I don't think that's entirely right!! Transformers is all homegrown!! You were right that they borrowed 3 not 2 established Japanese toy lines, but the idea for creating the characters and story was all American baby!! Ironic huh, since Japan is king of robot toys/cartoons!!! It was Takara who then took the idea and ran with it as well!! I think since the molds were orginally Takara's and Bandai's, Takara may not have to license the name, but not quite sure on that!! Anyone know. But they may well have to buy the license from Hasbro, cause them Autobots and Decepticons are all American!!! #US1#

 

What th hell are you talkin about!!!!? I said that the line as in toys were licensed to Takara. Also, the storyline is a rehash of the diaclone storyline (badguys crashing into the ocean and good guys crashing in the mountains), so it isn't all american like you claim it to be.

 

AS for whoever did the character designs for the cartoon, it isn't all american like you claim it to be. Some of it is japanese. The character designs for season 1 of TF were actually done by Shōhei Kohara which were simplified by Floro Devy, who usually claims that he was the one who fully did the character designs.

 

HEre are my references for the above statement:

 

Deryizedsideswipe.jpg

 

Shohei's art vs Floro Dery. Even though they are different, Dery simplified Kohara's art, so sayin it is all american made is incorrect.

 

http://transformers.wikia.com/wiki/Sh%C5%8Dhei_Kohara

http://transformers.wikia.com/wiki/Floro_Dery

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Both Takara and pre-merger Tomy have had strong relationships with Hasbro, which has distributed Takara's hit products such as Transformers, Beyblade, e-Kara and Battle B-Daman and Tomy's Zoids brands internationally. Although the merged company has stated that the Transformers business with Hasbro and the OEM business in general was not as profitable as they would be if they were directly distributed, the relationship with Hasbro is low risk in the case of Transformers, since Hasbro assumes the inventory risk internationally.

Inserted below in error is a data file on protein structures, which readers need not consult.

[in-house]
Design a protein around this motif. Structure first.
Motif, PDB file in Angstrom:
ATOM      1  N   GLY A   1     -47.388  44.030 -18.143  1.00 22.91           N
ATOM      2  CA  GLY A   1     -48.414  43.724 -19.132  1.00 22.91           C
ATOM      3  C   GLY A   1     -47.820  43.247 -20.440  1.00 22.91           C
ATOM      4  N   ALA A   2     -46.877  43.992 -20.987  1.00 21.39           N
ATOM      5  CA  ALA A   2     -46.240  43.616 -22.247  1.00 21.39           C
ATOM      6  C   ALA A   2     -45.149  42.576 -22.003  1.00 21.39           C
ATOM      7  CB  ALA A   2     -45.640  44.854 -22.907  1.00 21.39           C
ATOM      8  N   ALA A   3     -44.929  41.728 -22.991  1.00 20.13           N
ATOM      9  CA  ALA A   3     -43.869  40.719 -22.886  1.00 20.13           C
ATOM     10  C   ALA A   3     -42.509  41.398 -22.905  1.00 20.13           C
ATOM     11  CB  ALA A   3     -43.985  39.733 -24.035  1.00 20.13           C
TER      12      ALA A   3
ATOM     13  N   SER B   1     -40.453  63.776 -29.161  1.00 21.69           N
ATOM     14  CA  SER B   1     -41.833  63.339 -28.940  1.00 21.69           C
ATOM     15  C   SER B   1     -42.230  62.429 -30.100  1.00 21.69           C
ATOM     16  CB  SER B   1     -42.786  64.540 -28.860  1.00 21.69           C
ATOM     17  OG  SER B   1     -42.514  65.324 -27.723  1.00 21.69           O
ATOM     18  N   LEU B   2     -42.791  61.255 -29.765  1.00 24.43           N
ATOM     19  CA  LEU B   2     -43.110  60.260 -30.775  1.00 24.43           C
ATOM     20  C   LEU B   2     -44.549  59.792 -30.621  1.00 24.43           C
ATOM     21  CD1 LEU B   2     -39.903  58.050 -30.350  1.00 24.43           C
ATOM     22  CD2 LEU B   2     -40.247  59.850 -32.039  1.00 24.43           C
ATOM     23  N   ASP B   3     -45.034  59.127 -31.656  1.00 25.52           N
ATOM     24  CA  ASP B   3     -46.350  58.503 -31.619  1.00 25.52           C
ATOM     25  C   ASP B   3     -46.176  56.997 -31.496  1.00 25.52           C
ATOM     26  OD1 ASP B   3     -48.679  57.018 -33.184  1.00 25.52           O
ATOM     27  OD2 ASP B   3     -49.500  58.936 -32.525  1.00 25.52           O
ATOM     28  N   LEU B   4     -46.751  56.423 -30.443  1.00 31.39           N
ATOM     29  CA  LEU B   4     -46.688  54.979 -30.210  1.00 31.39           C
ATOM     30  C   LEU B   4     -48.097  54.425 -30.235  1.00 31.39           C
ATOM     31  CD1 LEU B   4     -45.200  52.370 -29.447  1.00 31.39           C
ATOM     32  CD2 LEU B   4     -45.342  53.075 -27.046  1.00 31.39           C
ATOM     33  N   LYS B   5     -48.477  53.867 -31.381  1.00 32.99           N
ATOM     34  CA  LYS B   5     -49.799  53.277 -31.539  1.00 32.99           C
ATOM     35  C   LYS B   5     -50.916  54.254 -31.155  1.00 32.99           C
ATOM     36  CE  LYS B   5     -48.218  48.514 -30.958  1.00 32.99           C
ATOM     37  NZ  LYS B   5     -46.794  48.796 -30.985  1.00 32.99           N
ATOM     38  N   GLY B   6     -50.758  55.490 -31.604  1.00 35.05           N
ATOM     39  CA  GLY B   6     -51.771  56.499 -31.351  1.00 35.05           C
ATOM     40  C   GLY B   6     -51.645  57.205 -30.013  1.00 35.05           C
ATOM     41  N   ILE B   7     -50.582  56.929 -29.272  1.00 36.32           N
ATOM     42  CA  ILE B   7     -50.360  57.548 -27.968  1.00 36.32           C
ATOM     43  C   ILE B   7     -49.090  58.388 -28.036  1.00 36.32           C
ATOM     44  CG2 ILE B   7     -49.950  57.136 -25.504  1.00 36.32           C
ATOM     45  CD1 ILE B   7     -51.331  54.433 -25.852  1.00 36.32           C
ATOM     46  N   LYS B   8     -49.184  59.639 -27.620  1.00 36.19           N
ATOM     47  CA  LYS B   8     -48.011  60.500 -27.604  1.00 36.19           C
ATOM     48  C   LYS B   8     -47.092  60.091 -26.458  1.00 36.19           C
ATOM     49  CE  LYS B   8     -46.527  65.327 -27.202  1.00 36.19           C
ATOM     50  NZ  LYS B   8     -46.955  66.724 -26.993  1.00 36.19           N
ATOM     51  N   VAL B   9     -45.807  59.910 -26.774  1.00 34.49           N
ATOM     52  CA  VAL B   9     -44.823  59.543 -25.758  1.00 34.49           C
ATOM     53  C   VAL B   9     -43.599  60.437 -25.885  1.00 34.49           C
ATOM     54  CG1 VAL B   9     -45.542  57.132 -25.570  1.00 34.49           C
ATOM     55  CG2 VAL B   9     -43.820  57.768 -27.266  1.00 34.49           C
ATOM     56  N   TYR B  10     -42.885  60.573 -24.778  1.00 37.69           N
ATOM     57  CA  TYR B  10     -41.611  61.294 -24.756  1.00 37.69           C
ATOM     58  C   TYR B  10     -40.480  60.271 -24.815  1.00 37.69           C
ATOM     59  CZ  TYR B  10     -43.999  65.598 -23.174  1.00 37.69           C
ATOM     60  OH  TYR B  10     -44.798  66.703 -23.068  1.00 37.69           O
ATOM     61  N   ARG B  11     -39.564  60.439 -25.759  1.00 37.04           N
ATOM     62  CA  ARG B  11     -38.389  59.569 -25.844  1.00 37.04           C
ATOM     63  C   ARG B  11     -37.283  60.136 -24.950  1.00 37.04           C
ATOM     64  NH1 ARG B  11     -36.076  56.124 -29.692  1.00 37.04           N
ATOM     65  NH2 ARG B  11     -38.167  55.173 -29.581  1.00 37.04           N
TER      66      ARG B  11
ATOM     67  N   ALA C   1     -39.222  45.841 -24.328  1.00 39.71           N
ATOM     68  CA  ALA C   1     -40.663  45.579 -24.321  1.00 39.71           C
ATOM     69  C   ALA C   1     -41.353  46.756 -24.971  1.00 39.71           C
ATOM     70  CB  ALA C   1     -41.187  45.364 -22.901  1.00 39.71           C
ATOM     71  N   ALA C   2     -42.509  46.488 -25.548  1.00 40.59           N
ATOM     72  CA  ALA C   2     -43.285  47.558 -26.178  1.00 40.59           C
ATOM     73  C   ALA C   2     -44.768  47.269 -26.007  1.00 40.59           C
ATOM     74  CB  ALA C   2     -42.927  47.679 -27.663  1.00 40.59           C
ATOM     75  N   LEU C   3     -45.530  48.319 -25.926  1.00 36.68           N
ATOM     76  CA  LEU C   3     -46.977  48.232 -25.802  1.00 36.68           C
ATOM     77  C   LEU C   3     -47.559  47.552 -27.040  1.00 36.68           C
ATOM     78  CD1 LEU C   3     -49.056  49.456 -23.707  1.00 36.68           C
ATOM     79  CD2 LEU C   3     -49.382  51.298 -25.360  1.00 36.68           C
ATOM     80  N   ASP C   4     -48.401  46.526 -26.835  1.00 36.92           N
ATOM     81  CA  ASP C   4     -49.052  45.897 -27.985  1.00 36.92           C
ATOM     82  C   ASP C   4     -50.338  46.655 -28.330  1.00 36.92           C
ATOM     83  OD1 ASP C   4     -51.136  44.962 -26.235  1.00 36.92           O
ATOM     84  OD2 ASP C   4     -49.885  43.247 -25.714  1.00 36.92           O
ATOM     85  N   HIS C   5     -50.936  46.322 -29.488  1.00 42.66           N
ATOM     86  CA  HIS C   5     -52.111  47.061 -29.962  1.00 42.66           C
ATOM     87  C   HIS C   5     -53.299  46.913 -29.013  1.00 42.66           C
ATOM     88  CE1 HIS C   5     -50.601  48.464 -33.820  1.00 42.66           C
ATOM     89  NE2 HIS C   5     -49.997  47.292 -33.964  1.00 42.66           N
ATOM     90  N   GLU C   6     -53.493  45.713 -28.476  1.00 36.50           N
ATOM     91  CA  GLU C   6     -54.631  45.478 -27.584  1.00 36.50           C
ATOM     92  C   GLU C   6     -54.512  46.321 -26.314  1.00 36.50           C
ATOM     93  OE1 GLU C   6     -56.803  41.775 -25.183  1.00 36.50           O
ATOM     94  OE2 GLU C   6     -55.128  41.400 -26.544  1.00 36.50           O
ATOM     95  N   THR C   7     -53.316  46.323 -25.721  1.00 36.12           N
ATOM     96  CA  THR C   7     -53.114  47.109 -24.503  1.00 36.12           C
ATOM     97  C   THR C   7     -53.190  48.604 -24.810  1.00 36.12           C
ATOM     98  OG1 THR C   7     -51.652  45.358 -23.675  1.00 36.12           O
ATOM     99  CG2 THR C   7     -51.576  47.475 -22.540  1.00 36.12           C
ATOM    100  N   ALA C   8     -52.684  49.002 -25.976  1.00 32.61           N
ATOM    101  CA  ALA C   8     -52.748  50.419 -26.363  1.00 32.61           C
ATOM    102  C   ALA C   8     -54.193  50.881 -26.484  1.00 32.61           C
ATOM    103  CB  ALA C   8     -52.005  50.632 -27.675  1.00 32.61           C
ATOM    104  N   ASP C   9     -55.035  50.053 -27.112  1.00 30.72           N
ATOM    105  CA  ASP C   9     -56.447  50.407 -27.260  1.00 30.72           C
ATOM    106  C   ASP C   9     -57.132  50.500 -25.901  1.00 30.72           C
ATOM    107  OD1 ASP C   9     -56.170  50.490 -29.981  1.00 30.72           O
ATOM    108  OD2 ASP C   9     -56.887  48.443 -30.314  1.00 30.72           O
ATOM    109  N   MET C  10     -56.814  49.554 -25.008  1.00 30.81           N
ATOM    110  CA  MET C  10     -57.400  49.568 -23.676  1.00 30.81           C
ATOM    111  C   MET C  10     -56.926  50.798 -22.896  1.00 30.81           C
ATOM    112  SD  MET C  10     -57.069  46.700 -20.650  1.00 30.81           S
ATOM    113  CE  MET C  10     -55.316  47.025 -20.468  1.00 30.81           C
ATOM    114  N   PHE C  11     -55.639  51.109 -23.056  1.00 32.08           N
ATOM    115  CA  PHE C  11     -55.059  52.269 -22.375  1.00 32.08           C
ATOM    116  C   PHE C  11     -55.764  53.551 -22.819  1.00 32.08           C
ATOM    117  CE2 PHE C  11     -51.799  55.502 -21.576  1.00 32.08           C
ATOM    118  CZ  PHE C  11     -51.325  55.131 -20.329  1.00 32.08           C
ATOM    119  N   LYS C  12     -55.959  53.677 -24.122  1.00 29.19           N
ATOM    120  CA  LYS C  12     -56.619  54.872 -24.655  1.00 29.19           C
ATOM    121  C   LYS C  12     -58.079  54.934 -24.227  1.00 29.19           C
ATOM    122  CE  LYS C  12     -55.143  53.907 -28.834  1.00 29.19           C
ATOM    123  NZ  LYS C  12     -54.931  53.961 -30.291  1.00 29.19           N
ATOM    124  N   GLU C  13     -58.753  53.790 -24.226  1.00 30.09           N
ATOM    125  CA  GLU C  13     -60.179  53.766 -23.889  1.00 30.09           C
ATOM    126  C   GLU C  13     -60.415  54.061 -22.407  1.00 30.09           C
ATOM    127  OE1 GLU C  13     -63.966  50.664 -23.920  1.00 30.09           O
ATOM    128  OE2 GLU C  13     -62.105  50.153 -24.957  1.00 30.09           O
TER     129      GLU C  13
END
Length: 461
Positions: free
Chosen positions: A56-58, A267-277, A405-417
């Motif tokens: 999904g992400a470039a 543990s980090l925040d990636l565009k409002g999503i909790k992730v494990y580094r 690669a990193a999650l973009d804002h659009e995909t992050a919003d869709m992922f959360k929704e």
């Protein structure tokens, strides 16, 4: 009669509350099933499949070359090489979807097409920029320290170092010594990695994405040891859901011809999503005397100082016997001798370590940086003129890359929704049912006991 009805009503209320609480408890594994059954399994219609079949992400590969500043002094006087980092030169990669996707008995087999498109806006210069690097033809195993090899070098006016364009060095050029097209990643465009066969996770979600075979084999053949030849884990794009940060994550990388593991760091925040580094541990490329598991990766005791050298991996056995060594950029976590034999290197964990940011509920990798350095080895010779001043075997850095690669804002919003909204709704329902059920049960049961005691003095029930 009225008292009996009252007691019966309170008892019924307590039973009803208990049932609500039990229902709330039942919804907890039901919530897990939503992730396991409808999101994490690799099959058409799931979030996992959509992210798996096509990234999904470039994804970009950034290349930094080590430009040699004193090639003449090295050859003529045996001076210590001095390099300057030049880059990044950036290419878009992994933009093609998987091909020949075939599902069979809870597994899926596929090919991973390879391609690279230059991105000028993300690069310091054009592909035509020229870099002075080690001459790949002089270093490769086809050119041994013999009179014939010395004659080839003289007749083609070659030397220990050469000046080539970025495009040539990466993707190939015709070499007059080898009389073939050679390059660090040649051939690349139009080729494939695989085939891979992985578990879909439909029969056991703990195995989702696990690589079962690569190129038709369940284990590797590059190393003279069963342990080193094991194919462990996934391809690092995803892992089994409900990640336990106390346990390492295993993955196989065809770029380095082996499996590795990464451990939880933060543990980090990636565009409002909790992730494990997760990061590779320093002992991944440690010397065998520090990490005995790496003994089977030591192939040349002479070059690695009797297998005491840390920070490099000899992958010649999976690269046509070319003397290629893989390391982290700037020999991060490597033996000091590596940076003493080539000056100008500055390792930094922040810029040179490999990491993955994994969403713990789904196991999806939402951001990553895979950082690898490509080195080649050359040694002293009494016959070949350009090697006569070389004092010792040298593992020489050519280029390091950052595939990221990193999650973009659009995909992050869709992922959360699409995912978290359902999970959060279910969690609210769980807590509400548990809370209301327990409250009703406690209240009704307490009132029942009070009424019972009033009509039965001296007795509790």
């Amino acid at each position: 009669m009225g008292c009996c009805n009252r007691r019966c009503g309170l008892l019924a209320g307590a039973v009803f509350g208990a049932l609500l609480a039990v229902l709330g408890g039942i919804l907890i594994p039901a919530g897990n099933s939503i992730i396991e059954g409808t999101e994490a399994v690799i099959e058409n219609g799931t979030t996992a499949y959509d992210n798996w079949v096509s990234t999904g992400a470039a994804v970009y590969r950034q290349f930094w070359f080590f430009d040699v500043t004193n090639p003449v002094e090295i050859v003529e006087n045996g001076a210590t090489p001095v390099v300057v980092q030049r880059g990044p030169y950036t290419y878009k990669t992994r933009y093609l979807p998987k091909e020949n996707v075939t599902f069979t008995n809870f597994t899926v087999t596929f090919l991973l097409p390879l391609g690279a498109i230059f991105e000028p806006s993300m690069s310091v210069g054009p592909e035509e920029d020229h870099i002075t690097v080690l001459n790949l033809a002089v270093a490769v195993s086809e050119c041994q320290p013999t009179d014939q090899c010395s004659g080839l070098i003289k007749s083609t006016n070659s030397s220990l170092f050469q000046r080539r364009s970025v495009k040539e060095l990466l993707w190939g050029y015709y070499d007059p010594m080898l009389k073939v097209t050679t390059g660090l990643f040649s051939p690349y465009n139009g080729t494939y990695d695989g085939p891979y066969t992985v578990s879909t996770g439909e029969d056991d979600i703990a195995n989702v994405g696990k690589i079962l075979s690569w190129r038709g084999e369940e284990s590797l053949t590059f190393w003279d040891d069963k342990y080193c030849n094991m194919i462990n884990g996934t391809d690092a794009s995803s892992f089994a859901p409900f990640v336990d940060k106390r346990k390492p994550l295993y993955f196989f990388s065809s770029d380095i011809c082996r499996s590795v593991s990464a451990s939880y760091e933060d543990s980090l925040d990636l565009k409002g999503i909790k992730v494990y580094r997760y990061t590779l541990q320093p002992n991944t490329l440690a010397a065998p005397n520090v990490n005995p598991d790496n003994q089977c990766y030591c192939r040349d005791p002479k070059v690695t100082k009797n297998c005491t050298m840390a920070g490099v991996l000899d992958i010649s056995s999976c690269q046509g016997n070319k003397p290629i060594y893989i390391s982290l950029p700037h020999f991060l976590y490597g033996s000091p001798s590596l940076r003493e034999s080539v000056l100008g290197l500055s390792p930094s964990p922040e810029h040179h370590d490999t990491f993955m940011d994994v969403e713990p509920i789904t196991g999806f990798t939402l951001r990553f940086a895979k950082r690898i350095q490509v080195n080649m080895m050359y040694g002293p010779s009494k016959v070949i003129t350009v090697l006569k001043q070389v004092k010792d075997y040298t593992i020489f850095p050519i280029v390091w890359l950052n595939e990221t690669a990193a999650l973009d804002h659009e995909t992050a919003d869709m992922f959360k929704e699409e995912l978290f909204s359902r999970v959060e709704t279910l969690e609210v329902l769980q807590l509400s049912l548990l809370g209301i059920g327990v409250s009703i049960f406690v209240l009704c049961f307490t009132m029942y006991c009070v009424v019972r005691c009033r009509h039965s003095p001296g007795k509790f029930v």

As for as Beast Wars are concern, all the toys, whether they are made by Hasbro's inhouse or not do have the copyright with something like "license under Takara."

 

I know that Hasbro licensed the diaclone and microman figures to repackage them as Transformers and that many of the names were of Hasbros.

You're missing the point that Hasbro has the names, and therefore the brand. Takara does not 'own Transformers'.

 

The 'licensed by' stamp is a vestigial part of a legal agreement that goes back twenty-five years to G1.

 

And in relying on Wikipedia for your information, you open yourself up to finding contradictions. Here's a snippet from the Transformers article:

The Transformers toyline was developed by Hasbro after they met up with Takara representatives at the 1983 Toy Fair trade show in New York and proposed to combine and re-brand Takara's Diaclone and Micro Change toylines into the Transformers for release in the United States. Thus began a long and successful collaboration between Takara and Hasbro on toy development for the Transformers line, a collaboration which has grown increasingly close. Currently, Hasbro does the vast majority of the concept work and character creation, while Takara continues to control the actual manufacture of the toys. Hasbro markets and sells the toys internationally, while Takara sells them in the Japanese market.

 

Note specifically the phrase 'developed by Hasbro' in the first sentence. Note also that if Hasbro is doing 'the vast majority of the concept work and character creation', then they would actually own the bulk of the brand. Takara makes the toys (and in many cases, makes them WORK, figuring out the transformations and such), but that does not make them 'own' everything.